Homily Fifth Sunday of Lent Year B Our covenant with God

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Homily Fifth Sunday of Lent Year B

 

Reading 1: The theme of Covenant continues I n the first reading of each Sunday in Lent. First Sunday, we heard the covenant God made with Noah and the sign was the rainbow. Second Sunday, it was the covenant with Abraham and the sin was circumcision and the need to trust in the Lord. Third Sunday, it was the covenant with Moses and the Israelites and the sign was obedience to the Ten Commandments. Fourth Sunday, because the Chosen People continually broke the covenant, adding infidelity to infidelity, they experienced exile from the Promised Land for seventy years. A savior, Cyrus, would restore them to the land so they could rebuild the destroyed Temple.

 

Today, Jeremiah prophecies that God will make a new and final covenant, a covenant of the heart, a covenant of love. The Law of the Mosaic Covenant was external relationship with God. The Law of the New Covenant will be internalized, written on their hearts.  The sign of this New Covenant was the forgiveness of sins. God no longer remembering them. The response to God’s faithful love is to love in return, not out of obligation or just externally but by living in a right relationship that brings intimacy and union with God.

 

That prophesy of Jeremiah was fulfilled at the Last Supper and on the Cross. Do we not hear this promised renewed when the chalice of wine in consecrated? “The is the Blood of the New and eternal Covenant, which will be poured out for you and for many for the forgiveness of sins.”

 

We personally entered into that covenant the day we were baptized. We experience the grace of our covenant when we celebrated the Sacrament of Reconciliation, where the words of God are fulfilled: “I will forgive their evil doings and remember their sins no more.” We renew our covenant each time we celebrate Eucharist, as we do today.

 

Gospel: The focus of the First Sunday of Lent was the Temptations Jesus experienced at the beginning of his ministry. The Second Sunday, we reflected on the scene of the Transfiguration. The Third Sunday, it was the cleansing of the Temple by Jesus. Last Sunday, we heard that as Moses was lifted up, so the Son of Man will draw all to himself when he is lifted up.

 

Today, Jesus returns to that reality. “Once I am lifted up from the earth, I will draw all to myself.” His focus is on the central theme of our Lenten journey, the death and resurrection of Jesus as Lord and Savior. He came to the earth to bring humanity back to God.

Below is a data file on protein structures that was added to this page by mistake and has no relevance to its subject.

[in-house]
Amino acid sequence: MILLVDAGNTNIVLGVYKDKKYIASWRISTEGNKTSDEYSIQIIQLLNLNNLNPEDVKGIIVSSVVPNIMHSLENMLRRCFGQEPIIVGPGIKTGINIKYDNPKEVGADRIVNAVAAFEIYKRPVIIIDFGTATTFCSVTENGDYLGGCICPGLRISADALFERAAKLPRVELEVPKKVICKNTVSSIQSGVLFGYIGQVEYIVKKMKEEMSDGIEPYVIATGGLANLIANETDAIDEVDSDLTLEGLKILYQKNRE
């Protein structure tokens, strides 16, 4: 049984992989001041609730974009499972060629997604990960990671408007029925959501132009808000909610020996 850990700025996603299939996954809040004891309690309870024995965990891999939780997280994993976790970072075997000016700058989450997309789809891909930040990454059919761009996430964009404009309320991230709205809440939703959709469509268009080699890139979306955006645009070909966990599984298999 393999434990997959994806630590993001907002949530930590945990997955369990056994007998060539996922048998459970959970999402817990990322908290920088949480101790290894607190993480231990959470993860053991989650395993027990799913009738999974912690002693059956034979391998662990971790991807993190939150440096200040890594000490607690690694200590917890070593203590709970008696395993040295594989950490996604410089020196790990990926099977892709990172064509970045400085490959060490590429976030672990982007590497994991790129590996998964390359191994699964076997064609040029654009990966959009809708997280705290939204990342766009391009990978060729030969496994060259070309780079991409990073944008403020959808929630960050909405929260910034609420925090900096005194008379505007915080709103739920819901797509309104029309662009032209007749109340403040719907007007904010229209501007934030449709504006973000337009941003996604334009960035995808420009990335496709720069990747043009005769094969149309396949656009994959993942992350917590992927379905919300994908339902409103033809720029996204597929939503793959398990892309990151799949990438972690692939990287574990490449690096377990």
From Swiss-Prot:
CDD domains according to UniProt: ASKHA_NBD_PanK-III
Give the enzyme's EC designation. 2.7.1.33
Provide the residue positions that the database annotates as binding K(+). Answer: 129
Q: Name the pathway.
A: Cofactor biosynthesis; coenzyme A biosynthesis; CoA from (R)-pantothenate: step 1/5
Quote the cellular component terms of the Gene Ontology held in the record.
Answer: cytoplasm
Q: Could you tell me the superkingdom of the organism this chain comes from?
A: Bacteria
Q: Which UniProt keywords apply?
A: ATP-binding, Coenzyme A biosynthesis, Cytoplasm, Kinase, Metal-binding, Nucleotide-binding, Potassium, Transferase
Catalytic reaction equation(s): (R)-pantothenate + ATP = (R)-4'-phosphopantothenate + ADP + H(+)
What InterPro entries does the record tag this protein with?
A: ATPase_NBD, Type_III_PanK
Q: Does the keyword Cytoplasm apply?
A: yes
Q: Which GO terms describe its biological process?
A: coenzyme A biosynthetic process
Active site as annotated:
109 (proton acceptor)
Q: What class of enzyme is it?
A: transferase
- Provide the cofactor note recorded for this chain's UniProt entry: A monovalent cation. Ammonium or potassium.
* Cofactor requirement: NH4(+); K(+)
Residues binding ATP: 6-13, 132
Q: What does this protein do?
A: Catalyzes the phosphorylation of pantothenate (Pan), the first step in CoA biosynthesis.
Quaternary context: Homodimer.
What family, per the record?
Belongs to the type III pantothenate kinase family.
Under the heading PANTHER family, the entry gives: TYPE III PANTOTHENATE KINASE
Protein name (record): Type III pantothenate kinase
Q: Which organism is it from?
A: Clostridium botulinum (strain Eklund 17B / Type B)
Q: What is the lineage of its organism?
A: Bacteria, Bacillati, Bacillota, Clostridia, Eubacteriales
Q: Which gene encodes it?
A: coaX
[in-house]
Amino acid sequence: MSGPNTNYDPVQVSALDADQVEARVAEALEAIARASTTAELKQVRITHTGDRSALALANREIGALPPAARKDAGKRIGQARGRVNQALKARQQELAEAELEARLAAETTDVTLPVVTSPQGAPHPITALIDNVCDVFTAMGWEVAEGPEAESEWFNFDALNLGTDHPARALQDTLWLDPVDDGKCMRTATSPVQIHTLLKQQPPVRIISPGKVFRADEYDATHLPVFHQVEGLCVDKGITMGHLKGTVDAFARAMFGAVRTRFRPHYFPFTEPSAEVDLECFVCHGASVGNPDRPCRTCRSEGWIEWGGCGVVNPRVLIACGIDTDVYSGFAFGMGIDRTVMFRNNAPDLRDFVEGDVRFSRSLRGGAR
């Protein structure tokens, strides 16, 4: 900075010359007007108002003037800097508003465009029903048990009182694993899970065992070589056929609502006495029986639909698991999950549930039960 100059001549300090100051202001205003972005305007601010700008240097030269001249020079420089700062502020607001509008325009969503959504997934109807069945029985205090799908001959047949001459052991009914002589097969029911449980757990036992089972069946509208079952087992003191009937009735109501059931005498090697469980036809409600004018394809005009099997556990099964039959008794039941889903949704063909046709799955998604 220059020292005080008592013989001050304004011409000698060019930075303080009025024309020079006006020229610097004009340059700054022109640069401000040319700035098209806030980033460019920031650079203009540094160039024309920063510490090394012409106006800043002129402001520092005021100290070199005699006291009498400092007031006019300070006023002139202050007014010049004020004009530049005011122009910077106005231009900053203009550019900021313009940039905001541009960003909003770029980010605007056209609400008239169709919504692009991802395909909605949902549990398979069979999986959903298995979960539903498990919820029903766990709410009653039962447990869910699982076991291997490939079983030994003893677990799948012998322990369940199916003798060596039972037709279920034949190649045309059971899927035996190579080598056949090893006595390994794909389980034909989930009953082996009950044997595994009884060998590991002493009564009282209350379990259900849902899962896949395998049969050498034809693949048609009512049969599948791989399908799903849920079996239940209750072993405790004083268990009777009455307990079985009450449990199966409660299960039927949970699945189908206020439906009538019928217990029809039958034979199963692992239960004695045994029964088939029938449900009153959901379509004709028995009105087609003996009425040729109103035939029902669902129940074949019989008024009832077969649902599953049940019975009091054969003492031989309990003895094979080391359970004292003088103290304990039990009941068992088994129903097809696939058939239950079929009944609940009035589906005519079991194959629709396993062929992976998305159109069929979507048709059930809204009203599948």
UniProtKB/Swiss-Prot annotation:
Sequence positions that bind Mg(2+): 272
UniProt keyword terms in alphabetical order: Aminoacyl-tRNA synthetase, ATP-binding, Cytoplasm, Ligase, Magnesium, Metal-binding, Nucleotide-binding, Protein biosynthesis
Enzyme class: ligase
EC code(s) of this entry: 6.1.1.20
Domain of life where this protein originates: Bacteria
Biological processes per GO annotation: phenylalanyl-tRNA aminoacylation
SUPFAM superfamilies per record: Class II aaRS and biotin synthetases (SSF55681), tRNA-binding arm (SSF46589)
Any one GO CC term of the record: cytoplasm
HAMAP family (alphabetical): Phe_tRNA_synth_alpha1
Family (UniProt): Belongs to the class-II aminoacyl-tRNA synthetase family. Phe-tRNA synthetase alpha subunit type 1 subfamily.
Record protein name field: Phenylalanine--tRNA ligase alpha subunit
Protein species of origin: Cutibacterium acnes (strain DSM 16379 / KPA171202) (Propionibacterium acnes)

Last Sunday, the theme of the Gospel was faith in Jesus leads to salvation and eternal life. Even the beginning statement of Jesus points to his upcoming suffering and death. “The hour has come for the Son of Man to be glorified.” “Unless the grain of wheat falls to the ground and dies, it does not bear much fruit.”

 

The salvation Jesus brings about requires a response from us. That response is to follow him as a disciple in the service of others. How? We do this by laying down our life for others, by surrendering it to Jesus, so that others may see the power of selfless love.

 

Reading 2: Each of the second readings in the past four Sundays has focused us on Jesus’ death and resurrection. First Sunday, we have been saved in the waters of baptism. The Second Sunday, we saw that even though God spared Abraham’s son, he did not spare his own Son but handed him over to death because of his great love for us. The Third Sunday, Jesus’ death and resurrection seem like foolishness to the Jews and weakness to the Greeks, but in truth they show the strength and power of God. Last Sunday, we heard that God, rich in mercy, saved us through the death and resurrection of Jesus.

 

Today, we heard that Jesus out of love for us and the Father gave his life for ours. In his humanity he cried to the Father to spare him, but at the same time out of love and obedience he embraced the wood of the cross to be an example to us. In our trials we cry out to the Lord, but in obedience we are called to embrace them so that through them we can be perfected and brought into the full life of God.

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